Nuzzo: Several studies have demonstrated that hybrid immunity (vaccine plus infection) may be more protective than infection alone. So vaccination would likely add additional protection, as Marion suggested. The C.D.C. recommends delaying vaccination for three months after infection (measured from the date his symptoms started or date of positive test if he didn’t have symptoms). By that timing, your 4-year-old would enter the winter and holiday months with some additional protection, which is a benefit given that we tend to see large case increases that time of year.
‘The risk of long Covid is likely to be reduced with every new exposure.’
If you’ve been vaccinated and boosted and still get Covid, are your odds of having long Covid the same as someone who is unvaccinated? Or do vaccines help reduce the chance of developing long Covid too? If there is a benefit, how large is it? — Mark Hurwich, Chicago
Iwasaki: The reported impacts of vaccines in preventing long Covid vary between studies. Some say vaccines halve the odds of long Covid, while others find around a 15 percent reduction. Vaccines are very likely to reduce the risk of developing long Covid, and boosters help this even more.
Pepper: There are also some interesting preliminary studies in animal models suggesting that treatment with antiviral medications may help to prevent some clinical symptoms associated with long Covid, so it will be important to see if that is the case in humans treated with antiviral medications as well.
If we’re going to see the virus 10 or 15 times over the next five years, does the risk of long Covid increase with every exposure? It’s impossible to know what to do with our kids. — Carmen McAlister, South Lyon, Mich.
Iwasaki: Based on immune responses that fortify with every exposure, the risk of long Covid is likely to be reduced with every new exposure. However, in certain populations, the risk may be cumulative. Of course, it’s not possible to say for certain what will happen over the next five years, but most of what we know suggests that multiple exposures will lead to milder outcomes.
Nuzzo: So far, the more rigorous studies show that the risks for long Covid in children seems to be low, occurring much less frequently than among adults who are infected. This along with Dr. Iwasaki’s explanation of why we may generally expect the risk of long Covid to decrease with subsequent exposures and vaccination may provide some reassurance. But there is some uncertainty here and people will navigate that uncertainty differently.
When it comes to my kids, I am not as worried about long Covid, especially now that they are fully vaccinated. I am more worried about being too restrictive with their childhoods. They missed out on a lot of socialization already, and now that the worst threat is over, we’ve resumed most of our usual activities. I feel this is important for their growth and development.
‘Covid-19 has strengthened the world’s preparedness in important ways.’
To what extent is the world now better prepared for a whole new pandemic? — Helen Kara, Uttoxeter, England
Nuzzo: Covid-19 has strengthened the world’s preparedness in important ways. We have seen that with enough political will and scientific determination, we can develop multiple safe and effective vaccines, rapid tests we can use in the privacy and convenience of our own home and new medicines for treating infections. The path taken to develop these tools has the potential to help alleviate human suffering from other serious diseases, including future pandemic threats.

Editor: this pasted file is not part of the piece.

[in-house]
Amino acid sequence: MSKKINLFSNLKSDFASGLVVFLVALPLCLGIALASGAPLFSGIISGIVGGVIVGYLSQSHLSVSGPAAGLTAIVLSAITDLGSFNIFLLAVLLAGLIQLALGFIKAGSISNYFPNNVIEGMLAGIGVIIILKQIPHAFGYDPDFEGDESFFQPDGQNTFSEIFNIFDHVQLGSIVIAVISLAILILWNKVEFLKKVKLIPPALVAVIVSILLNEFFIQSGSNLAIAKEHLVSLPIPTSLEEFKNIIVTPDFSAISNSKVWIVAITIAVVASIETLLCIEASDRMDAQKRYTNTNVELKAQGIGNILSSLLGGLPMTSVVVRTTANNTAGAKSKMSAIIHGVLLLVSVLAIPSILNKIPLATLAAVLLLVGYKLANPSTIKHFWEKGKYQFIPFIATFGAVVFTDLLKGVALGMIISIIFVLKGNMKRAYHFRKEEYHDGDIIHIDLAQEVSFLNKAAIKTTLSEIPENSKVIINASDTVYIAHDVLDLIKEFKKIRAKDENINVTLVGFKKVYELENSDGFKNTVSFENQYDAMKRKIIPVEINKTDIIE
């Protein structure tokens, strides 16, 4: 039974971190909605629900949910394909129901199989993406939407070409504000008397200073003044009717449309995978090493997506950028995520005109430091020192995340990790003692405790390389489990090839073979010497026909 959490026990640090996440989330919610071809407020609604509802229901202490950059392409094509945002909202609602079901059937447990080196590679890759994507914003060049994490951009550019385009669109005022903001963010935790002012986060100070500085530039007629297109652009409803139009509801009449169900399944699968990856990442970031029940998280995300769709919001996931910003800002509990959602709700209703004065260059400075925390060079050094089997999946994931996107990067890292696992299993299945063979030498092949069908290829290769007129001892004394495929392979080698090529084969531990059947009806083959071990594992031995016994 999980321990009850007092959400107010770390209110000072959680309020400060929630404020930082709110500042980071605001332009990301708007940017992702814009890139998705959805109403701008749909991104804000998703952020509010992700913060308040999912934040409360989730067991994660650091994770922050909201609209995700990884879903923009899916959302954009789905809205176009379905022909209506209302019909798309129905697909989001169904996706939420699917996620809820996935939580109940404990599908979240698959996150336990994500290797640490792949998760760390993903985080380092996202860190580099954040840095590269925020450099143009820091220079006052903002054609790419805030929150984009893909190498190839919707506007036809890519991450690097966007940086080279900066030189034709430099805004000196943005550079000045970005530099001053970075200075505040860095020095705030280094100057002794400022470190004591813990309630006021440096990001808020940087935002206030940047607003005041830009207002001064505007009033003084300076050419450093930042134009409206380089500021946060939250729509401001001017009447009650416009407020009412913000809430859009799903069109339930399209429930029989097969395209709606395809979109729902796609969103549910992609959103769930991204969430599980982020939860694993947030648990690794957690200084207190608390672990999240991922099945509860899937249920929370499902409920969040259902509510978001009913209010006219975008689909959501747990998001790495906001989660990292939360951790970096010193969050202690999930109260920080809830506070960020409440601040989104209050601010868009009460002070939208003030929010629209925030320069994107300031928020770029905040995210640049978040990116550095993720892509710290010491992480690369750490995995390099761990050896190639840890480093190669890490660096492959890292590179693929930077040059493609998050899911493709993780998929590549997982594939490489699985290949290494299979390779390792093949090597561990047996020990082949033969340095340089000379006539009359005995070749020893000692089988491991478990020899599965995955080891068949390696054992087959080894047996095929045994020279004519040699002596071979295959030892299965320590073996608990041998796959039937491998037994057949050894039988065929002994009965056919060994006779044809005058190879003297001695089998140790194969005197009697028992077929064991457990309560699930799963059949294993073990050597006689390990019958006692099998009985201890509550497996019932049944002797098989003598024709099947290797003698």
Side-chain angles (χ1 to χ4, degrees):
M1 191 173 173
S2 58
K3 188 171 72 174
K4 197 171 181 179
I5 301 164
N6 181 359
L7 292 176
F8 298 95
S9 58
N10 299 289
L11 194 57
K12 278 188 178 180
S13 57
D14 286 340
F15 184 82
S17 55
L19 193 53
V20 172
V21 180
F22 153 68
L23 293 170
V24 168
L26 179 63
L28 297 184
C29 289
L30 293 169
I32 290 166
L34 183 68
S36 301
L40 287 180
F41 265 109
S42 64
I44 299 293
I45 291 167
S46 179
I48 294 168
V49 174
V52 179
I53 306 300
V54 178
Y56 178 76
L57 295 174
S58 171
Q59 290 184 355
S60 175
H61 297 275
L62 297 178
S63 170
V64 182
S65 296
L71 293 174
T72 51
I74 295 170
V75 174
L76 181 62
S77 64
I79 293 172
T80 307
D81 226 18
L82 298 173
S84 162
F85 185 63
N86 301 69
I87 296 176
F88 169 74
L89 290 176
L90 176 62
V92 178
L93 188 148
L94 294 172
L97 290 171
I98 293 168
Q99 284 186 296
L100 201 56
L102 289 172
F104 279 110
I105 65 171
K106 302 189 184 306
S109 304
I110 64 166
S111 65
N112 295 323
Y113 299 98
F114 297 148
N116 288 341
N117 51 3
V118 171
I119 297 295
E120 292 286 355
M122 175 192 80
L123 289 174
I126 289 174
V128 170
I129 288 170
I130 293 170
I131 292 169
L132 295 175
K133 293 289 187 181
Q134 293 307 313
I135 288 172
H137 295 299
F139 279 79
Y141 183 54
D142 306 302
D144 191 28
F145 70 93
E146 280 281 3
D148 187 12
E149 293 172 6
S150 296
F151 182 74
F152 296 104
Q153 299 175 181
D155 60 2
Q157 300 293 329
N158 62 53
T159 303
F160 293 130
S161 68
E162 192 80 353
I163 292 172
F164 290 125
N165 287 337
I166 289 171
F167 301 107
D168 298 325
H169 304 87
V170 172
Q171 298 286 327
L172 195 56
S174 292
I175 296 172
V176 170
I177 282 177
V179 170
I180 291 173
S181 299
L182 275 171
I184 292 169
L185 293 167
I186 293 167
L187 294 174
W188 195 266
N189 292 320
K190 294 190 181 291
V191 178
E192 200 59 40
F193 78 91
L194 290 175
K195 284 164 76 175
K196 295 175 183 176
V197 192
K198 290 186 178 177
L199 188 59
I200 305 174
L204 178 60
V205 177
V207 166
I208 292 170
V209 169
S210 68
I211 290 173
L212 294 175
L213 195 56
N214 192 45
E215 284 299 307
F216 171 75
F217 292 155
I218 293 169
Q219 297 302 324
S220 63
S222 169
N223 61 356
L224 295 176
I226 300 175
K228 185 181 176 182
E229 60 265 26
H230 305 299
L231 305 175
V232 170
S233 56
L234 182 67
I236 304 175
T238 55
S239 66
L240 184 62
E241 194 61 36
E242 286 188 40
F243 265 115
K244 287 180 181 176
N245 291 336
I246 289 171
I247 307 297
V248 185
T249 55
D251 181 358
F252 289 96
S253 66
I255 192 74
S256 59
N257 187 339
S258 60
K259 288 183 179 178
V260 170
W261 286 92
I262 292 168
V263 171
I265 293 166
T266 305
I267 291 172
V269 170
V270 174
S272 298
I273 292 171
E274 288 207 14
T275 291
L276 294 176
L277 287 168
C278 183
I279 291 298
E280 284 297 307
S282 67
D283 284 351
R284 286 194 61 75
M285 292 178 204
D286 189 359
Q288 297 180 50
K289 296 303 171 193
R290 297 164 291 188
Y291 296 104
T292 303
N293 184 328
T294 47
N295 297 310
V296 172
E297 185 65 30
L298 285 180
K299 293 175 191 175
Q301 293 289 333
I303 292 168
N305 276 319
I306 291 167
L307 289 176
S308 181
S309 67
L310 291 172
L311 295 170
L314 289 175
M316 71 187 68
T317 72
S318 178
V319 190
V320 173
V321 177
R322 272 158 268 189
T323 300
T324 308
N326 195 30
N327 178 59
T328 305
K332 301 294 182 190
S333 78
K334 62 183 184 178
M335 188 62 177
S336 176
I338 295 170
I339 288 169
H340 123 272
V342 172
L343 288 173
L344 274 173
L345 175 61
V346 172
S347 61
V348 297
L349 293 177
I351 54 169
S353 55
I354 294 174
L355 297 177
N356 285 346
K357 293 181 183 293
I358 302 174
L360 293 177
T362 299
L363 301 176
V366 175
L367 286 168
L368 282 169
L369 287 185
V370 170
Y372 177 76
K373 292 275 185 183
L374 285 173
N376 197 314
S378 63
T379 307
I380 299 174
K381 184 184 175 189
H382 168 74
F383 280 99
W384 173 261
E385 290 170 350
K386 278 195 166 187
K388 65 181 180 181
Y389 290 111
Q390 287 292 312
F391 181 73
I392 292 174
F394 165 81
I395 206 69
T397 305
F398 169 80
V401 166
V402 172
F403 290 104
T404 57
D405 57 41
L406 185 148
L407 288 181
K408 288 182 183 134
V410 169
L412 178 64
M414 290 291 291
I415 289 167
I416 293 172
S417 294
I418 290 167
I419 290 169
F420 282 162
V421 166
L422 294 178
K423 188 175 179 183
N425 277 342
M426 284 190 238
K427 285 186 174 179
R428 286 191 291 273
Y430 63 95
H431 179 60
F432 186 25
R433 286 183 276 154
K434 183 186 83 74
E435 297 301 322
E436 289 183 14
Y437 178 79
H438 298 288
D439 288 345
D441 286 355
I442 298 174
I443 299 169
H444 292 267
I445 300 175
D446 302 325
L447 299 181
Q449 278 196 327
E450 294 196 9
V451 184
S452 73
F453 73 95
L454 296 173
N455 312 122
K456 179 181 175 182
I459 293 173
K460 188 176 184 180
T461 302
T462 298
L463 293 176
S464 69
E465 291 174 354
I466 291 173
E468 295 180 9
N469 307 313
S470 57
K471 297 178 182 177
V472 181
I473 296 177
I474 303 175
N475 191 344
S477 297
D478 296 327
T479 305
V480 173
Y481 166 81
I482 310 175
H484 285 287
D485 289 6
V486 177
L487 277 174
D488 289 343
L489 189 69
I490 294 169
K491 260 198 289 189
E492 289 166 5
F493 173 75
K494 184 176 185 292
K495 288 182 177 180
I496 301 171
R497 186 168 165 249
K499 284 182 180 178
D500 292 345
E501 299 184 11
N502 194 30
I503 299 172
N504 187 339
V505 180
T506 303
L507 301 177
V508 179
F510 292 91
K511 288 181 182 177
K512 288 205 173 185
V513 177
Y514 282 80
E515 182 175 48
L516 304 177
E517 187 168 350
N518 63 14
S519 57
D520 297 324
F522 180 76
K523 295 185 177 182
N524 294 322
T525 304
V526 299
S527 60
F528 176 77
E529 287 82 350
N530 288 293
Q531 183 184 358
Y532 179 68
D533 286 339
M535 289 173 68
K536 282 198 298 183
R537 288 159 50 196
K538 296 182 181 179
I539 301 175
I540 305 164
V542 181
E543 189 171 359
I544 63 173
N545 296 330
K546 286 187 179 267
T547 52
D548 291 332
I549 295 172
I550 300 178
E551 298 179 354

But in watching our continued response to Covid-19 and now monkeypox, I do continue to see deeply concerning gaps in readiness for future pandemics. The biggest one in the United States is that we don’t fund and staff our public health departments to be able to meet the demands of infectious disease emergencies like the continuing hazards they are. Instead of letting emergency funding lapse every time political attention to an event wanes, we need to permanently equip every health department with enough staff and modern data systems to effectively respond to infectious disease emergencies, including the possibility of multiple emergencies at the same time.
Pepper: I feel that there is generally a greater understanding and appreciation of the biology of infection and the immune response. My hope is that this heightened awareness of these topics and how scientists and biomedical researchers have been consistently working in the background to create new vaccine technologies and drugs will lead to enhanced funding. Additional funding would speed up drug and vaccine development and ensure that we have the tools in place to respond to the next pandemic when it emerges. The will seems to be there, but we will see if that translates to better funding and preparedness.
‘We will reach a point where we move on from having the virus be a daily concern in our lives.’
Will the pandemic end and if so, how soon? — Gary McCormick, Searcy, Ariz.
Nuzzo: There is no defined state that constitutes the “end” of a pandemic. The virus that caused our last pandemic, 2009 H1N1 influenza, continues to sicken people every year as a seasonal flu virus. But we don’t talk about that virus much because it no longer upends our lives as it once did.
Like the H1N1 virus, it is clear that the virus that causes Covid-19 will not disappear. But how it will play out in the coming months and years is uncertain, particularly as the virus continues to evolve. I do think we will reach a point where we move on from having the virus be a daily concern in our lives. In my view, that happens when we no longer worry about hospitals becoming overwhelmed with surges of patients.
Vaccines and treatments help us get there by lessening the virus’s ability to severely sicken people or kill them. But not enough of us benefit from the protection that these tools offer. About half of people age 18 and older have received a booster shot. Getting people up-to-date on their vaccinations and ensuring that people who are at high risk for severe illness can access treatments if they get infected is key to ending Covid’s ability to disrupt our lives, which in my view is what defines a pandemic.